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A Comparison Between Christianity and Judaism

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  • Category: Judaism

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Judaism and Christianity share a common origin, they share many scriptures and their ethical codes are similar. The similarities are both historical and theological in that Christ is seen by his followers as the fulfilment of Jewish prophecies. The major differences come with the matter of interpretation. Jews have criticised  Christians for diluting monotheism with their ideas of the Trinity and Christians condemned for rejecting Jesus as Messiah. The first persecution of Christianity were Jewish, but as non-Jews came to predominate they in turn persecuted the Jews.

 The first Christians were after all Jews, as was the founder of Christianity, Jesus of Nazareth and his first followers. After all the coming of a Messiah had been long predicted in Jewish scriptures e.g Isaiah 56  v 1 :-

            Thus said the Lord: Observe what is right and do what is just;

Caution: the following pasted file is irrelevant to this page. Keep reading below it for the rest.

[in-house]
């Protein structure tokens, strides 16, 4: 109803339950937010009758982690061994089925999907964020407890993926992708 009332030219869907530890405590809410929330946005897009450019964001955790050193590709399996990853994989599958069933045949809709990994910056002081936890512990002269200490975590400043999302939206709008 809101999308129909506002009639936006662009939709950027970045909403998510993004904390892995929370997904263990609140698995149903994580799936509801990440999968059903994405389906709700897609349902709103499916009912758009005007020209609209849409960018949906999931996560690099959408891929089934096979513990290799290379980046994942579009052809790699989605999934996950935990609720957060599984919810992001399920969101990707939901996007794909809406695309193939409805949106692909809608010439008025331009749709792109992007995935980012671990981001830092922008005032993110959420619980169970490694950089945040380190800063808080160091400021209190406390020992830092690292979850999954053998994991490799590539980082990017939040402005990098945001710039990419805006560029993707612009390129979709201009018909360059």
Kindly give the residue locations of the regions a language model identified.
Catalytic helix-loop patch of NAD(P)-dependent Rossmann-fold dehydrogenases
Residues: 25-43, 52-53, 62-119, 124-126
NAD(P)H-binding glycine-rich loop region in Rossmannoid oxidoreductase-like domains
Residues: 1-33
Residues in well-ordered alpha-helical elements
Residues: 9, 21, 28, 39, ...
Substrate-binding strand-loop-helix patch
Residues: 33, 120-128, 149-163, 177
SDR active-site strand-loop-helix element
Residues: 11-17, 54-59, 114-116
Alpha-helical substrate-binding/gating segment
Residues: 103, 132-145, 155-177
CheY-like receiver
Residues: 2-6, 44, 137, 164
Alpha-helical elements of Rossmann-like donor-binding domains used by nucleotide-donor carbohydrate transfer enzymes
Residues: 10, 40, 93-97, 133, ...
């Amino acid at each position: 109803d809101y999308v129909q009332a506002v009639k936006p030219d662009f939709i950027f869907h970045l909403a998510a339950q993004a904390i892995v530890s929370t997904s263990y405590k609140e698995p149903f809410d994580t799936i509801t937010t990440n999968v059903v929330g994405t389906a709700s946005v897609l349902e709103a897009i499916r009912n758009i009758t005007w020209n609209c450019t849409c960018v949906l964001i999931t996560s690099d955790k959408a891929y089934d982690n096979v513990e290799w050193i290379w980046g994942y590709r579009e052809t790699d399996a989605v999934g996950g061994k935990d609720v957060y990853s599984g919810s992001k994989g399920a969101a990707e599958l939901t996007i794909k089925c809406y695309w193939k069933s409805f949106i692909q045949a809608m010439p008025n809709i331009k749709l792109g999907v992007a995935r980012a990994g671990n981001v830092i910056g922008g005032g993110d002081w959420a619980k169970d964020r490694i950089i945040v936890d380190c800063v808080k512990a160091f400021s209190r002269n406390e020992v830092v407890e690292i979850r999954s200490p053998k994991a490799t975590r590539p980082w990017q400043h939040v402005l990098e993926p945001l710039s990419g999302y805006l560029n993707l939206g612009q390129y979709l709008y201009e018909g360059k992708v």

For soon My salvation shall come, and my deliverance be revealed.

There are many other verses which were interpreted by Jews and Christians alike as referring to the coming of a messiah or anointed one. e.g. Isaiah 63v 1 :-

Who is this coming from Edom, in crimsoned garments from Bozrah

  • who this majestic in attire, pressing forward in his great might? It is I
  • who contend victoriously, powerful to give triumph.

The  major difference between the two groups is their interpretation of  who this Messiah is. The Jews were looking for an earthly Messiah. They say that he will herald a time of earthly peace and as this clearly did not happen in Jesus’ life time or afterwards he cannot in the Jewish view have been the Messiah.

Many Jews in the first century however thought that he could have been the Messiah. early on in the New Testament ( Mark 1 v 25) we have someone calling out ‘ “I know who you are: the Holy One of God.’ And on Palm Sunday the crowds in Jerusalem call out ‘Blessings on him who comes in the name of the Lord!’ It seems that even the Roman authorities recognised that Jesus was looked upon as a candidate for messiahship when  they made an inscription over him a the time of the crucifixion, ‘the King of the Jews’   – there had been  a number of claimants over the years. The Romans may have been trying to be ironic, or perhaps it was the closest  they could come to defining the crime for which this prisoner was being executed, but there were those among the onlookers who had really believed that the description was accurate.

Some 30 or so years later, in a letter to the church at Philippi, Paul quotes from a hymn already in use in the infant church. In Philippians 2 v 6-11 Jesus is clearly identified as not only Messiah, but also as part of the godhead:-